What do you use instead of ENUM in Doctrine2? smallint? I thought of using varchar, or explicitly define char, but this may not be very effective when it comes to indexes, or am I wrong?


I usually work with integers mapped to class constants, like

class MyEntity {
    const STATUS_INACTIVE = 0;
    const STATUS_ACTIVE = 1;
    const STATUS_REFUSE = 2;

    protected $status = self::STATUS_ACTIVE;

That works quite fine and makes it even easier to work with what you would call ENUMS in an IDE.

You can also use an enumerable type as described by the documentation, but that means you will have to define one custom type per enum column. That's a lot of work with no real benefit.

You may also want to know why you shouldn't really use enums.

  • one issue -- when dealing with values outside of MyEntity, you have to either re-encode constants, or use 0, 1, 2. i.e. $entity->setStatus(STATUS_ACTIVE); //does not work outside of MyEntity – Dennis Sep 28 '15 at 15:08
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    @Dennis the usage would be $entity->setStatus(MyEntity::STATUS_ACTIVE); – Ocramius Sep 28 '15 at 18:56
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    Doesn't this tightly couple the classes that use MyEntity to the specific implementation? Would it be better to define these constants in a MyEntityInterface that MyEntity then implements? – Alex Jan 18 '17 at 15:36
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    @Alex that's a great question and I think you're right, it does create some extra coupling that smells a bit. What about something like $entity->deactivate() etc that hides the implementation of the constants? – Josh Johnson Aug 25 '17 at 19:54
  • Personally I don't think Doctrine is the problem. The problem is there's no enum type in PHP and therefore we could get unintended values in the database. If we could simply make sure the setter & getter would always use the correct values, it would be great. Closest I've been able to come is the SplEnum type.. php.net/manual/en/class.splenum.php – Rein Baarsma Jun 3 '19 at 8:09

Postgres, symfony, orm, doctrine...

  1. Postgress Define new type enum (pgAdmin)

CREATE TYPE new_enum AS ENUM ('sad', 'ok', 'happy');

  1. In Entity

@ORM\Column(name="name", type="string", columnDefinition="new_enum", nullable=true)

  1. In config.yml

    new_enum: string

# Doctrine Configuration
        driver:   "%database_driver%"
        host:     "%database_host%"
        port:     "%database_port%"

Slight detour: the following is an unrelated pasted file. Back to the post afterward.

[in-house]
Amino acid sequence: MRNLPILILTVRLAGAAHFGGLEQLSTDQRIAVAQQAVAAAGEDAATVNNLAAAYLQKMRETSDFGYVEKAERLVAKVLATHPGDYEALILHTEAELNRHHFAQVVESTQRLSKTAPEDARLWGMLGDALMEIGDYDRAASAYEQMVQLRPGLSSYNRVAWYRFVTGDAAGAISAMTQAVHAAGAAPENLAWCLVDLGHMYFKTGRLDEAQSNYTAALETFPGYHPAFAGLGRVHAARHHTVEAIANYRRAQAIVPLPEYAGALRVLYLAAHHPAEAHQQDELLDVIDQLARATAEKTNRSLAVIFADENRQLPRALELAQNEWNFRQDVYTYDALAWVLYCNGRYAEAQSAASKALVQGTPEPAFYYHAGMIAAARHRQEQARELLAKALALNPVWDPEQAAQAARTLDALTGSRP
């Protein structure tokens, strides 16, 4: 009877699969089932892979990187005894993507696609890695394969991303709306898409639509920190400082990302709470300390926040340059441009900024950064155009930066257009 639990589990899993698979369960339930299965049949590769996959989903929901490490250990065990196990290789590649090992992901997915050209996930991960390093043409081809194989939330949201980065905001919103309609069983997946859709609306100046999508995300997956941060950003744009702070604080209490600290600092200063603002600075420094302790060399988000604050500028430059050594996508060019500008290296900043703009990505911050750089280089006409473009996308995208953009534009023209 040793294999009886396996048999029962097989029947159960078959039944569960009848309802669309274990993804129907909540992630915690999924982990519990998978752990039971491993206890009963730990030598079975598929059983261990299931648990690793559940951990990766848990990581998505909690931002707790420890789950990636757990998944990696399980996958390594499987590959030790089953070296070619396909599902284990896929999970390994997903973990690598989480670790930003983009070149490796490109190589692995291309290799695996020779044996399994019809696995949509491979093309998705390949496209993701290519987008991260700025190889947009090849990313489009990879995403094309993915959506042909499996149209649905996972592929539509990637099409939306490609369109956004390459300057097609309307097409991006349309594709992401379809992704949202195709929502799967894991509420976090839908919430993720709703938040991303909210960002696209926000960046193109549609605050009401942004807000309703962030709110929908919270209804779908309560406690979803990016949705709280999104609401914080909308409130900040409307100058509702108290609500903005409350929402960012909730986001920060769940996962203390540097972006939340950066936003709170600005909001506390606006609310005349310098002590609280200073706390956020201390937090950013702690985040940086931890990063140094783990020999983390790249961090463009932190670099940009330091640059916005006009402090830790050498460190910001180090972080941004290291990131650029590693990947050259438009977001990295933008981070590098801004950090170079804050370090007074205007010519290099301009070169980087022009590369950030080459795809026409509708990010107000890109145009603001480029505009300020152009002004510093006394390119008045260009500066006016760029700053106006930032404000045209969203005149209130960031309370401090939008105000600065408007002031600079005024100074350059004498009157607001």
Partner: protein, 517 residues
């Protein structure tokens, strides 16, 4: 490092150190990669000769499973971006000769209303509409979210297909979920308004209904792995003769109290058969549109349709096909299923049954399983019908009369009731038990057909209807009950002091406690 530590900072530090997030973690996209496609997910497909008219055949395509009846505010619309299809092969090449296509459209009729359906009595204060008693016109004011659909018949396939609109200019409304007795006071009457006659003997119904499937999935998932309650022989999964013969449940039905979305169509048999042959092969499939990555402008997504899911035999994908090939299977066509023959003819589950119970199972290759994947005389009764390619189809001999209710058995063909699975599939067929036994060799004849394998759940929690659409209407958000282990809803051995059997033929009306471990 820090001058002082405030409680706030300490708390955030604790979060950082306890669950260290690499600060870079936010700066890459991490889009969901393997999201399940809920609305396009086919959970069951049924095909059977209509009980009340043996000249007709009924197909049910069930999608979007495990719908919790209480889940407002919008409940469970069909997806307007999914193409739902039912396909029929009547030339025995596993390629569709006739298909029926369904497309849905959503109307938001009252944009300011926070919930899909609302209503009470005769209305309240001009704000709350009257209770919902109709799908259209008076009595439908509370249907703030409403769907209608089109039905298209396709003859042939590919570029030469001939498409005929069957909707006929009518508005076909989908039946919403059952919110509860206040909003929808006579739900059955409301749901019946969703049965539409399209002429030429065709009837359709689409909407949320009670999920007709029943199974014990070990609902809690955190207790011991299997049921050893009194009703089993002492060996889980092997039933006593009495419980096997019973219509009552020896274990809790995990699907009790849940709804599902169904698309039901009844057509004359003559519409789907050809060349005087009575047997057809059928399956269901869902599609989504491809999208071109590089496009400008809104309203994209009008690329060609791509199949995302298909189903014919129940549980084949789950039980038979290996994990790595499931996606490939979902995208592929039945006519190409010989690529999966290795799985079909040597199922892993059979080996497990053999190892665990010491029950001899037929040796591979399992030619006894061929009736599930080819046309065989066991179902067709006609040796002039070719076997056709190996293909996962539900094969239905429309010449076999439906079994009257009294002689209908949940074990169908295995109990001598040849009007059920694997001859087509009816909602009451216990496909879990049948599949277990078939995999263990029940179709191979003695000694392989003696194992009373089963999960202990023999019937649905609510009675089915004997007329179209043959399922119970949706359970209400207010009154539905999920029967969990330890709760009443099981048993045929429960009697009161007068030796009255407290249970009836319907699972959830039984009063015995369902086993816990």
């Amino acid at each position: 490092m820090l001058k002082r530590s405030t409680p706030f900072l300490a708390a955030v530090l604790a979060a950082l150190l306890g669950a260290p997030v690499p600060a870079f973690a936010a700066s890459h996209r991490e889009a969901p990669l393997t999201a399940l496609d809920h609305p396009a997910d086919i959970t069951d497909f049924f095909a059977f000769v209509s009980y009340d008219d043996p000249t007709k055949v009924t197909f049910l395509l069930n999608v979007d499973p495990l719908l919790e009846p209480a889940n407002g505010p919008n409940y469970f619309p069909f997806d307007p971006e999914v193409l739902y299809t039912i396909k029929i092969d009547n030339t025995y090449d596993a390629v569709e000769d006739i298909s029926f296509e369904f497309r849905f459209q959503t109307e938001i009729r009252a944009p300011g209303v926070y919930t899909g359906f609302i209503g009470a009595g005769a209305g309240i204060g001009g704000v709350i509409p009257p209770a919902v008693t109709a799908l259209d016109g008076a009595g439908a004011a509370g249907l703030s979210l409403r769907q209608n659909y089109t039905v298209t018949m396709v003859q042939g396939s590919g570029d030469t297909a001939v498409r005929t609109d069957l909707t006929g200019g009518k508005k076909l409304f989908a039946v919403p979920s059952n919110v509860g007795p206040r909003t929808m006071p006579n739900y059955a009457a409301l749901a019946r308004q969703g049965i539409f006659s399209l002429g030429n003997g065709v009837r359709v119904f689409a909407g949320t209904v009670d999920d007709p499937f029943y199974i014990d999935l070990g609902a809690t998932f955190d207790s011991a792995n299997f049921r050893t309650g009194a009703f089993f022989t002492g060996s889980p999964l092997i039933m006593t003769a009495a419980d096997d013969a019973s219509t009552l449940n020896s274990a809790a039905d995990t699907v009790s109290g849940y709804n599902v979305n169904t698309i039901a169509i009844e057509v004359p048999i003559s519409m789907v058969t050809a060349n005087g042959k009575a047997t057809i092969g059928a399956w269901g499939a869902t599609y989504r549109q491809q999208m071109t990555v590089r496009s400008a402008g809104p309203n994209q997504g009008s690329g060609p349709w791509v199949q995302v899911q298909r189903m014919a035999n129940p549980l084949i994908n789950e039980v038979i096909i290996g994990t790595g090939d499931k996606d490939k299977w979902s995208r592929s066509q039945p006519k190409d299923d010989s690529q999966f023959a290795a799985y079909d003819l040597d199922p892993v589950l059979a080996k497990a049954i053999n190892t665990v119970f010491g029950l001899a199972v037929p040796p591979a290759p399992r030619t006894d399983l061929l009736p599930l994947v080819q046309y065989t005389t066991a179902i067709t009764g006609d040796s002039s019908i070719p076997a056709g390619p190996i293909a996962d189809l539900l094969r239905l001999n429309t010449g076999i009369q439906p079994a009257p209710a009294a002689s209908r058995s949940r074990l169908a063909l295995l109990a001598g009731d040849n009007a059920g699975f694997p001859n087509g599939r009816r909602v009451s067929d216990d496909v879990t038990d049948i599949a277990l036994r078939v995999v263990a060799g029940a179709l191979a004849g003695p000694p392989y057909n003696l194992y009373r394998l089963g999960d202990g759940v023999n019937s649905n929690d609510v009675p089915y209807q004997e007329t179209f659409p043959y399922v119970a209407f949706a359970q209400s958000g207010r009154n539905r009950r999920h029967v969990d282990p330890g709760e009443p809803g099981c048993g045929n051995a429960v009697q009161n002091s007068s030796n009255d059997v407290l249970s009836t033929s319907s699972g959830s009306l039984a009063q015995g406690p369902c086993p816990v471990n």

dbname:   "%database_name%"
        user:     "%database_user%"
        password: "%database_password%"
        charset:  UTF8
            new_enum: string # <=======

You should use fre5h/DoctrineEnumBundle for doctrine when using symfony:

Example of using

Create a class for new ENUM type BasketballPositionType:

namespace App\DBAL\Types;

use Fresh\DoctrineEnumBundle\DBAL\Types\AbstractEnumType;

final class BasketballPositionType extends AbstractEnumType
    public const POINT_GUARD = 'PG';
    public const SHOOTING_GUARD = 'SG';
    public const SMALL_FORWARD = 'SF';
    public const POWER_FORWARD = 'PF';
    public const CENTER = 'C';

    protected static $choices = [
        self::POINT_GUARD => 'Point Guard',
        self::SHOOTING_GUARD => 'Shooting Guard',
        self::SMALL_FORWARD => 'Small Forward',
        self::POWER_FORWARD => 'Power Forward',
        self::CENTER => 'Center'

Register BasketballPositionType for Doctrine in config.yml:

            BasketballPositionType: App\DBAL\Types\BasketballPositionType

Create a Player entity that has a position field:

namespace App\Entity;

use App\DBAL\Types\BasketballPositionType;
use Doctrine\ORM\Mapping as ORM;
use Fresh\DoctrineEnumBundle\Validator\Constraints as DoctrineAssert;

 * @ORM\Entity()
 * @ORM\Table(name="players")
class Player
     * @ORM\Id
     * @ORM\Column(name="id", type="integer")
     * @ORM\GeneratedValue(strategy="AUTO")
    protected $id;

     * Note, that type of a field should be same as you set in Doctrine config
     * (in this case it is BasketballPositionType)
     * @ORM\Column(name="position", type="BasketballPositionType", nullable=false)
     * @DoctrineAssert\Enum(entity="App\DBAL\Types\BasketballPositionType")     
    protected $position;

    public function getId()
        return $this->id;

    public function setPosition(string $position)
        $this->position = $position;

    public function getPosition(): string
        return $this->position;

Now you can set a position for Player inside some action or somewhere else:

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    And why can't you just enforce the data type inside setPosition method, but instead you rely on 3rd party bundles and awful annotations? – emix Apr 30 '19 at 12:47
  • Are you planning to implement logic in your setter method? That would not be good idea, setters and getters have to stay clear. – Sebastian Viereck May 3 '19 at 10:26
  • @SebastianViereck In my opinion, that is exactly the sort of logic that should live in getters and setters. I would argue that sort of logic is exactly why people use getters and setters. – Omn Aug 12 '19 at 7:26
  • here is a general discussions about that topic about getter and setter value manipulation: softwareengineering.stackexchange.com/questions/177133/… – Sebastian Viereck Aug 12 '19 at 7:36

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